Used-car dealers keep selling vehicles despite safety recalls. We found dozens for sale.
The Center for Auto Safety is the nation’s premier independent, member driven, non-profit consumer advocacy organization dedicated to improving vehicle safety, quality, and fuel economy on behalf of all drivers, passengers, and pedestrians.
Michael Brooks, executive director of the nonprofit Center for Auto Safety, says dealers are putting the responsibility on shoppers who might not follow through.
“They just want to sell the car to these people and tell them there’s a recall and they need to fix it, and we know consumers are not that great at it,” Brooks says.
By Stephanie Zimmermann
November 24, 2023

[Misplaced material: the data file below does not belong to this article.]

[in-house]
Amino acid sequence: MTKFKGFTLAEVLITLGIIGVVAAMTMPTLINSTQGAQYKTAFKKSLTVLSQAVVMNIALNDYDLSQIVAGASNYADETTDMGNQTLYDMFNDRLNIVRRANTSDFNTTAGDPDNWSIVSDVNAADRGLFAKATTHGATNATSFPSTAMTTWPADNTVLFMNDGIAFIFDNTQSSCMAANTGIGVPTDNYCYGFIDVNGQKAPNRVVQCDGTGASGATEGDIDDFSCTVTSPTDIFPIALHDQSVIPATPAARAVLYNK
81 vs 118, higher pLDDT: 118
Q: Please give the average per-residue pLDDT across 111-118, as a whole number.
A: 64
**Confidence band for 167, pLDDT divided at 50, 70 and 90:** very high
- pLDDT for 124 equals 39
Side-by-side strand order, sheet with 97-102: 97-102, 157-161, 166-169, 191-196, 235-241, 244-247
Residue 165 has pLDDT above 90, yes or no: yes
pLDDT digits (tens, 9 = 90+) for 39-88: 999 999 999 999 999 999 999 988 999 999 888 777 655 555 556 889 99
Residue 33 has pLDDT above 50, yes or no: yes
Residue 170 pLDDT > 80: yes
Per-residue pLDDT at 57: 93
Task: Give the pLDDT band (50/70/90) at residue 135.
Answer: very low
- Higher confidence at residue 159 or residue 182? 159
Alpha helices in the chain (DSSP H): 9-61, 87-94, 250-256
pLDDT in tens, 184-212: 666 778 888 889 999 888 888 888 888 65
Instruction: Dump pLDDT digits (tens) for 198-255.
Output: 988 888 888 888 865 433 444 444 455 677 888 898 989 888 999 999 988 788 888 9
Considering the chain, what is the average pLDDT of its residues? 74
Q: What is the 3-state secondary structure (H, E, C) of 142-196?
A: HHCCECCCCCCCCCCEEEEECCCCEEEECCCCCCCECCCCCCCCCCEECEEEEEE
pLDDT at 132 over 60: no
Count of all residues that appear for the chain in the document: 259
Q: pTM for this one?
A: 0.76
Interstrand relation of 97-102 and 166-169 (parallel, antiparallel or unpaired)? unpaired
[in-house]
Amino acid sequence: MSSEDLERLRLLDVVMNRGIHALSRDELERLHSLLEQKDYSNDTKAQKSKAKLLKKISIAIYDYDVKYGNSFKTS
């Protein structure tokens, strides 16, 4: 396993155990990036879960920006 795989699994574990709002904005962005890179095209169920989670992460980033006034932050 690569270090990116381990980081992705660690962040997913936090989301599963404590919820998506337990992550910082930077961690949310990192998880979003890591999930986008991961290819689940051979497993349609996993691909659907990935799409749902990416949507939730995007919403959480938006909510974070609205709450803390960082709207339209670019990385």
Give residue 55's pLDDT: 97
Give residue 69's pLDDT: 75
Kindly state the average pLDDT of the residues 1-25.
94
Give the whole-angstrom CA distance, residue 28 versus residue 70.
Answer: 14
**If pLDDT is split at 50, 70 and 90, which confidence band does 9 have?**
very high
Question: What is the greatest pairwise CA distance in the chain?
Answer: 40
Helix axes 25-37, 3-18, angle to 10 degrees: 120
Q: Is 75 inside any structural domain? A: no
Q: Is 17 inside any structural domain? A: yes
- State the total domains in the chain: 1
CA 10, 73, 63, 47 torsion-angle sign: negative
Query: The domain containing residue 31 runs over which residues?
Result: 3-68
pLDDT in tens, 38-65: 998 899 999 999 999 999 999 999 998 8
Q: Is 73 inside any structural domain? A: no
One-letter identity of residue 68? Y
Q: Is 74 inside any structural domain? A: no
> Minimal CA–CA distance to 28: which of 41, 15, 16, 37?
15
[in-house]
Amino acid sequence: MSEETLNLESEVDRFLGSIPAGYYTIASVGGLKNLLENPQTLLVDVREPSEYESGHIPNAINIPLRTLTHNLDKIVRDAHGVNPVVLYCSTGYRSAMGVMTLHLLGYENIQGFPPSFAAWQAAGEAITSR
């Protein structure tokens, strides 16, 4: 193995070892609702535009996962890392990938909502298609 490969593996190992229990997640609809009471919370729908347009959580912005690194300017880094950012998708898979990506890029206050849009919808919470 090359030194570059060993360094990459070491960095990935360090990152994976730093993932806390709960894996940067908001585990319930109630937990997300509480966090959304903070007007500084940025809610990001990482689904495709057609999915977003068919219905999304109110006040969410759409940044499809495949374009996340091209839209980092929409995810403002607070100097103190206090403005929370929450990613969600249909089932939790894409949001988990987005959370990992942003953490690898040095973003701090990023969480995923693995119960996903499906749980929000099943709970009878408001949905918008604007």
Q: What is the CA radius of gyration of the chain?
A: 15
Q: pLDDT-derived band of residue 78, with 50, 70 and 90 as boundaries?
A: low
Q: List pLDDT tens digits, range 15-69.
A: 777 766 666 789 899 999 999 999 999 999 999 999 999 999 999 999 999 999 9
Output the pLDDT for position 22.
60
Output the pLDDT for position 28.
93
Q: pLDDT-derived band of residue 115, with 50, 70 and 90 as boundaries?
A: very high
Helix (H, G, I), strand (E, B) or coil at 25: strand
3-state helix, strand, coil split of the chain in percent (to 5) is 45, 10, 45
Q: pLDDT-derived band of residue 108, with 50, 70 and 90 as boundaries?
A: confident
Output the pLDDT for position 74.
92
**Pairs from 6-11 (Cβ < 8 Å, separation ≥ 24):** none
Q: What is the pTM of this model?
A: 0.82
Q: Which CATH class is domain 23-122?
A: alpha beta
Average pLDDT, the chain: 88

Under federal law, a rental car company can’t hand a customer the keys unless all safety recalls have been repaired, but there’s no such requirement for consumers buying a used car.
Which means what’s being touted as a “certified preowned” car on a dealer’s lot could still be a vehicle that has open, unaddressed recalls for safety issues like having a known fire risk or a problem with sudden acceleration. Those used cars could even be subject to an “urgent, do not drive” recall because their airbag inflators might explode.
When you buy toys, appliances, food or pharmaceuticals, you don’t face a similar risk because those can’t be sold in the United States if they’re under a recall.
“You can’t even sell a recalled consumer product at a yard sale,” says Sean Kane, president of Safety Research & Strategies, which advocates for vehicle safety.
How widespread is the practice? To see, a Chicago Sun-Times reporter followed up on the newspaper’s 2019 investigation of open recalls and found dozens of used vehicles offered for sale on dealers’ websites and used-car listing websites over the past two months despite them being under recall for safety issues that the sellers hadn’t fixed.
And that’s perfectly legal.